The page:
GMP nominee Thompson will deliver keynote sermon during Heidelberg’s commencement weekend
United Church of Christ-affiliated Heidelberg University will feature a UCC leader at its May 13 baccalaureate service.
The Rev. Karen Georgia Thompson — Associate General Minister for Wider Church Ministries and candidate up for election as the denomination’s next General Minister and President — will preach during the interfaith event, which kicks off the university’s commencement festivities.
Heidelberg also will present Thompson with an honorary doctorate.
“I think for those colleges and universities that are historically connected to the United Church of Christ, it is important for leadership to be connected in these kinds of ways,” she said.
The university likewise values its UCC roots.
“Out of a deep respect for the Rev. Dr. Thompson’s leadership and service to the United Church of Christ — as well as to the larger faith communities — we wanted to hear her voice to our graduates and the greater university community,” said the Rev. Paul Stark, Heidelberg’s chaplain and director of religious life and civic engagement.
Heidelberg’s UCC roots
The school was founded in 1850 by members of the German Reformed Church tradition. Through the merging of the modern UCC, it has maintained this connection in three different centuries.
“Heidelberg University continues to affirm its relationship with the United Church of Christ and its service of all persons,” Stark said, noting that Heidelberg offers scholarships to UCC members and children of UCC clergy.
“In keeping with its historic affiliation with the United Church of Christ, students, faculty and staff and the board of trustees work together to understand and respect diverse cultures, religions and lifestyles,” reads its educational philosophy and values statement.
Although many institutions of higher education have religious backgrounds, that historical context is not as evident now, Thompson explained.
“In the past, I think that there was a much deeper and more obvious connection between colleges and universities and denominations,” she said. “And over the years that has changed.”
Denominations are not funding higher education the way they used to, Thompson said: “We just don’t have the resources that we used to for that kind of engagement.”
That’s true for other Christian churches, not just the UCC, she added. Which is why Heidelberg’s invitation comes as such an honor.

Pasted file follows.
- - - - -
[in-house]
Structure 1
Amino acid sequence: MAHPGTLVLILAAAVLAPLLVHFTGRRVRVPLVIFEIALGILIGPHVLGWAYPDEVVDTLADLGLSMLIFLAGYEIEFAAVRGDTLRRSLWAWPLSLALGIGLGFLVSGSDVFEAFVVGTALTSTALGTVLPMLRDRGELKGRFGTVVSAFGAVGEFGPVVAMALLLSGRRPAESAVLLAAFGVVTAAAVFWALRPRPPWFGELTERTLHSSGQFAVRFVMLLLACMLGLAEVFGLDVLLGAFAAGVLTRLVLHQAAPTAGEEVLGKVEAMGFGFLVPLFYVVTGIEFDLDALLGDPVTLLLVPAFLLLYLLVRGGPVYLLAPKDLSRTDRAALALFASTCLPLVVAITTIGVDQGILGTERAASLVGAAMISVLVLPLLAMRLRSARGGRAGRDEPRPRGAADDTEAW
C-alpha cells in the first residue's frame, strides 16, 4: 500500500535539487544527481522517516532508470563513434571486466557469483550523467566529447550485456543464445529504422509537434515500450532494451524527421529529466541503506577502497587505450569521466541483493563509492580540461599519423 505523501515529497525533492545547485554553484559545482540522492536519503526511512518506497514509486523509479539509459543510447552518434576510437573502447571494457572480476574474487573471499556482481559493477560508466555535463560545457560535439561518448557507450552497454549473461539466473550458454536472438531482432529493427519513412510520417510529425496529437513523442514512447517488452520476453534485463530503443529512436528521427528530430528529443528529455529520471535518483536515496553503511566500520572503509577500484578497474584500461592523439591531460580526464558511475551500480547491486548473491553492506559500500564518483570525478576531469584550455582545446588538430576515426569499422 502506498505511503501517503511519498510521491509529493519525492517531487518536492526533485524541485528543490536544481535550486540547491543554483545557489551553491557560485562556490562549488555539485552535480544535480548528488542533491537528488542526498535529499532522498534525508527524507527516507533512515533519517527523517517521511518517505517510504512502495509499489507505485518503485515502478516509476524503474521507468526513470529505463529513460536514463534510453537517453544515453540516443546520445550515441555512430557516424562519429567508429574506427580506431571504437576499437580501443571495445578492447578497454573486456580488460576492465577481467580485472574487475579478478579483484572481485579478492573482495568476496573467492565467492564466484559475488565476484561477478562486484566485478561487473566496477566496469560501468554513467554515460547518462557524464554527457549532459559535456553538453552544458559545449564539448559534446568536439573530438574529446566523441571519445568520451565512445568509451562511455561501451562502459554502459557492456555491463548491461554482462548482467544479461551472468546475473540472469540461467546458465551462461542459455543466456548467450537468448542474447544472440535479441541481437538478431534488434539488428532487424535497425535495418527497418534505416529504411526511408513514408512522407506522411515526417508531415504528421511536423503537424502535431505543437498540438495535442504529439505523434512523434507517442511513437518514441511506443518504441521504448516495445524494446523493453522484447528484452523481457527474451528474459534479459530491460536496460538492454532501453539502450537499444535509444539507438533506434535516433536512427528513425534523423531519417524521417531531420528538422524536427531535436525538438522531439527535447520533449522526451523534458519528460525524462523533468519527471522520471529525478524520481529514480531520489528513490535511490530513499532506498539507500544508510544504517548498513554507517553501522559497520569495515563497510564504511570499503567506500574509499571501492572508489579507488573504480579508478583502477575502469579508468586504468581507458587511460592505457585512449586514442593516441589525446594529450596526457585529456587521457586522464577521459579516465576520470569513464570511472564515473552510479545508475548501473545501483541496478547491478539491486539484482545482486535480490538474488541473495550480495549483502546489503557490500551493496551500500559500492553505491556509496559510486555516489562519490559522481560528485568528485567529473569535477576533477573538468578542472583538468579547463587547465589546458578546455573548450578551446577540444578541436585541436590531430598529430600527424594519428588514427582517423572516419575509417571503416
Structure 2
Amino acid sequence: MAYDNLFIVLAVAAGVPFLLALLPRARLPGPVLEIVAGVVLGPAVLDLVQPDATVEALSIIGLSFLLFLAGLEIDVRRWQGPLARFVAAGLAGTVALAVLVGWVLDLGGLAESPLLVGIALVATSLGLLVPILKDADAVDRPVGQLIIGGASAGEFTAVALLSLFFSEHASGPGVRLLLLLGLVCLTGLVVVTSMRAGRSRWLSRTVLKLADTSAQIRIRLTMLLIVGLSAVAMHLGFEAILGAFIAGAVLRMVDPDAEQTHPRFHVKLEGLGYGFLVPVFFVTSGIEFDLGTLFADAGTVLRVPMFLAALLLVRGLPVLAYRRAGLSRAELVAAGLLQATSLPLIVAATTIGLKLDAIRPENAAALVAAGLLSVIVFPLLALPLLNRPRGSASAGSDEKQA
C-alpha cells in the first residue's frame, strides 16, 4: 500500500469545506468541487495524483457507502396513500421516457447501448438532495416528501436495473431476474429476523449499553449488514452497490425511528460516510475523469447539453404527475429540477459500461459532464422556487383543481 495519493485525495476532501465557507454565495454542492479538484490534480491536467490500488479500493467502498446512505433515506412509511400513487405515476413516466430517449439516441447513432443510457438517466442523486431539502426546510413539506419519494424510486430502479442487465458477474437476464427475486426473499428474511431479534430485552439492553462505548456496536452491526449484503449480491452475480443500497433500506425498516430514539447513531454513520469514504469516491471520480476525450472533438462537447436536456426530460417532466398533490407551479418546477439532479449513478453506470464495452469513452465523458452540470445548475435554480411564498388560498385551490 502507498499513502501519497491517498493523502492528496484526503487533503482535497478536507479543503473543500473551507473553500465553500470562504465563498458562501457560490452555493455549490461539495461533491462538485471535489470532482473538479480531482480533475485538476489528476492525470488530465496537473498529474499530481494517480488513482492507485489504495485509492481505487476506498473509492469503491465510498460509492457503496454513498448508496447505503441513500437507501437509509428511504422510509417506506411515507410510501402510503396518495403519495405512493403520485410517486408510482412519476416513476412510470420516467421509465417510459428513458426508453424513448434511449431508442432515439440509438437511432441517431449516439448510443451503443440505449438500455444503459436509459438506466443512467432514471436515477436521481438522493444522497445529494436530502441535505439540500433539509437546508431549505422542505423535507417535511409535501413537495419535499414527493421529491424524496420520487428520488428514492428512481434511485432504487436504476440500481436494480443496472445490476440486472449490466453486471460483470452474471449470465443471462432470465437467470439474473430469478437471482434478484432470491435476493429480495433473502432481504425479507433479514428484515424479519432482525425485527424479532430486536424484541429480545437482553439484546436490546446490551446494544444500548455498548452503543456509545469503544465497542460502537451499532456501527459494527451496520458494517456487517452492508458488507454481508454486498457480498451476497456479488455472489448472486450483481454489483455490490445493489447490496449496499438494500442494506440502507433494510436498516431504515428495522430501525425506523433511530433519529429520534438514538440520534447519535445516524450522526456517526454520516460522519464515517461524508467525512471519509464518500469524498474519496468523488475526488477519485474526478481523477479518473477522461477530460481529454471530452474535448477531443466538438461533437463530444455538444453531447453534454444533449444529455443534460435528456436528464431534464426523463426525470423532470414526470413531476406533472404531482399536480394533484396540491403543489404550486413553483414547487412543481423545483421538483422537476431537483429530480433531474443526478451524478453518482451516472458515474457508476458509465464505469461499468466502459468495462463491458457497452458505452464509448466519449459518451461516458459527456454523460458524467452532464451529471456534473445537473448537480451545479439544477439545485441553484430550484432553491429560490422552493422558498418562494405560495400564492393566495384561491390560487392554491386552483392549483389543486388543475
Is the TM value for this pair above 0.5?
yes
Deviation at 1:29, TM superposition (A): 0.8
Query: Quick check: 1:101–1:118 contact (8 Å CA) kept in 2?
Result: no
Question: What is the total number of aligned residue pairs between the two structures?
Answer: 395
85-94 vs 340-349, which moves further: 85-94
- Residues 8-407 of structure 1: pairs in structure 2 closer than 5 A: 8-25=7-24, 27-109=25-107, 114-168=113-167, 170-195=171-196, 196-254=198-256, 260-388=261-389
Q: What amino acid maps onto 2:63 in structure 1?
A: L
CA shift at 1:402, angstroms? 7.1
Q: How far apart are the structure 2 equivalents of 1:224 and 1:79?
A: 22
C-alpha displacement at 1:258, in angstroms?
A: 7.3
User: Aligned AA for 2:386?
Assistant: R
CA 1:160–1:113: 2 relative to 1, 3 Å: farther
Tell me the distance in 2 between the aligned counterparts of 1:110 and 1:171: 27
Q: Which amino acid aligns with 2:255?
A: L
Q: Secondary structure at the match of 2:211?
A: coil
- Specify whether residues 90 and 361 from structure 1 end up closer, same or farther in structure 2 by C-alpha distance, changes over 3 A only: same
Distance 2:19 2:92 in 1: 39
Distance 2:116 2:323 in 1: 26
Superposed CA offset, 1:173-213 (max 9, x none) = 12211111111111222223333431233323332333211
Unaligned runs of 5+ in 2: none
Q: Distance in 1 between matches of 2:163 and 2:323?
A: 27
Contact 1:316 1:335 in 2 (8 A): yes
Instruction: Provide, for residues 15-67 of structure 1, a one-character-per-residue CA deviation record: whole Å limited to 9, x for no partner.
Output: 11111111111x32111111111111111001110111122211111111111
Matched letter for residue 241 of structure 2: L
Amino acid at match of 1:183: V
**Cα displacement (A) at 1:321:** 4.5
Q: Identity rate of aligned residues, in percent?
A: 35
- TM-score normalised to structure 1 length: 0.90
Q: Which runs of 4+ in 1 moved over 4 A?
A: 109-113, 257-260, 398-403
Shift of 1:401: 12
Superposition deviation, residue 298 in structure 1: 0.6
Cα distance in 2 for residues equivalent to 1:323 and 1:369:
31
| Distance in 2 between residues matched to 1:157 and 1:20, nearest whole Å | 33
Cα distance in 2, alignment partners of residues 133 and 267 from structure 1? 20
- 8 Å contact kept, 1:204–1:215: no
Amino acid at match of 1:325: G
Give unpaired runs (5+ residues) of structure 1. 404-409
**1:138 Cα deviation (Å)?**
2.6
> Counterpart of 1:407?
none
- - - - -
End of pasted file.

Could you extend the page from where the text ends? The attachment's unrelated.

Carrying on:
“For Heidelberg to continue to make these kinds of connections is important, and it’s important for us because I think this is a part of our heritage and legacy that we’re losing with time,” Thompson said.
Last year, Heartland Conference Minister the Rev. Dave Long-Higgins preached for the university’s baccalaureate service. Besides the general UCC relationship, another more personal connection comes through Long-Higgins’ spouse, the Rev. Beth Long-Higgins, who serves as a trustee of Heidelberg University.
Stark said that choosing Thompson for this year’s keynote sermon came at Beth’s recommendation. Thompson pointed to the importance of such relationships in maintaining the deep association between Heidelberg and the UCC.
“Providing that kind of leadership from the national setting or from the Conference — as was the case with Dave — I think is a wonderful way for the church to continue to be connected to these settings,” she said.
In her address, Thompson particularly wants to speak to the new Heidelberg graduates in the richness of their own backgrounds and beliefs.
“I want to bring a word in that setting that is spiritually encouraging. It is an interfaith service,” she said, adding that she will “think intentionally about text from Hebrew scripture, from the Quran and from the Gospels.”
Students from these traditions will read excerpts from those sacred texts. For Thompson, Heidelberg’s commencement highlights the potential and hope of the next generation.
“I want to come from a standpoint of being encouraging, being uplifting,” she said. “And as these students go out, they’ll take a degree with them, but I also want to talk about the possibility of their impact on the world. Whether its liberal arts, business, anything, I think every student has the possibility to change the world.”
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